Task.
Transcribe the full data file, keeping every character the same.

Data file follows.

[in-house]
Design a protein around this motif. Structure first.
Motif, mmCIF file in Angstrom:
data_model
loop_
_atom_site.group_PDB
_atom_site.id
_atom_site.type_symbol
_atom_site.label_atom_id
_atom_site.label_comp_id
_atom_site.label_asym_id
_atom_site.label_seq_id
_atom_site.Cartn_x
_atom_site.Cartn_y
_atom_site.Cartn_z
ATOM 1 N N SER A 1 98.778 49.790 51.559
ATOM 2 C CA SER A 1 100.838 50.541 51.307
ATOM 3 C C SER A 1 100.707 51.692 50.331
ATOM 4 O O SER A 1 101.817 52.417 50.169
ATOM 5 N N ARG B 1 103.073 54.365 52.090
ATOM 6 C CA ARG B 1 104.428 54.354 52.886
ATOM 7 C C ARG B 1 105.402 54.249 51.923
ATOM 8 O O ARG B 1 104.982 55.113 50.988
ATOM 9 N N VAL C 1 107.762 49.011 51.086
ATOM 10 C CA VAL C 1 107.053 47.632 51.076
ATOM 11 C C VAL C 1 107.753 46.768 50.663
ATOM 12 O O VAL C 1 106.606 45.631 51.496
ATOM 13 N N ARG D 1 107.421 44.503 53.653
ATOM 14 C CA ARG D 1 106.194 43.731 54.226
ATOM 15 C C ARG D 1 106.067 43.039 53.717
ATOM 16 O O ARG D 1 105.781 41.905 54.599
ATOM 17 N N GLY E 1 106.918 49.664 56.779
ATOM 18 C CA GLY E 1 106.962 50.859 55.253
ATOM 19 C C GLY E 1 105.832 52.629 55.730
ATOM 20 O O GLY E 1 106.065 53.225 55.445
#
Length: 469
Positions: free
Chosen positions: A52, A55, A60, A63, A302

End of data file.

[in-house]
Design a protein around this motif. Structure first.
Motif, mmCIF file in Angstrom:
data_model
loop_
_atom_site.group_PDB
_atom_site.id
_atom_site.type_symbol
_atom_site.label_atom_id
_atom_site.label_comp_id
_atom_site.label_asym_id
_atom_site.label_seq_id
_atom_site.Cartn_x
_atom_site.Cartn_y
_atom_site.Cartn_z
ATOM 1 N N SER A 1 98.778 49.790 51.559
ATOM 2 C CA SER A 1 100.838 50.541 51.307
ATOM 3 C C SER A 1 100.707 51.692 50.331
ATOM 4 O O SER A 1 101.817 52.417 50.169
ATOM 5 N N ARG B 1 103.073 54.365 52.090
ATOM 6 C CA ARG B 1 104.428 54.354 52.886
ATOM 7 C C ARG B 1 105.402 54.249 51.923
ATOM 8 O O ARG B 1 104.982 55.113 50.988
ATOM 9 N N VAL C 1 107.762 49.011 51.086
ATOM 10 C CA VAL C 1 107.053 47.632 51.076
ATOM 11 C C VAL C 1 107.753 46.768 50.663
ATOM 12 O O VAL C 1 106.606 45.631 51.496
ATOM 13 N N ARG D 1 107.421 44.503 53.653
ATOM 14 C CA ARG D 1 106.194 43.731 54.226
ATOM 15 C C ARG D 1 106.067 43.039 53.717
ATOM 16 O O ARG D 1 105.781 41.905 54.599
ATOM 17 N N GLY E 1 106.918 49.664 56.779
ATOM 18 C CA GLY E 1 106.962 50.859 55.253
ATOM 19 C C GLY E 1 105.832 52.629 55.730
ATOM 20 O O GLY E 1 106.065 53.225 55.445
#
Length: 469
Positions: free
Chosen positions: A52, A55, A60, A63, A302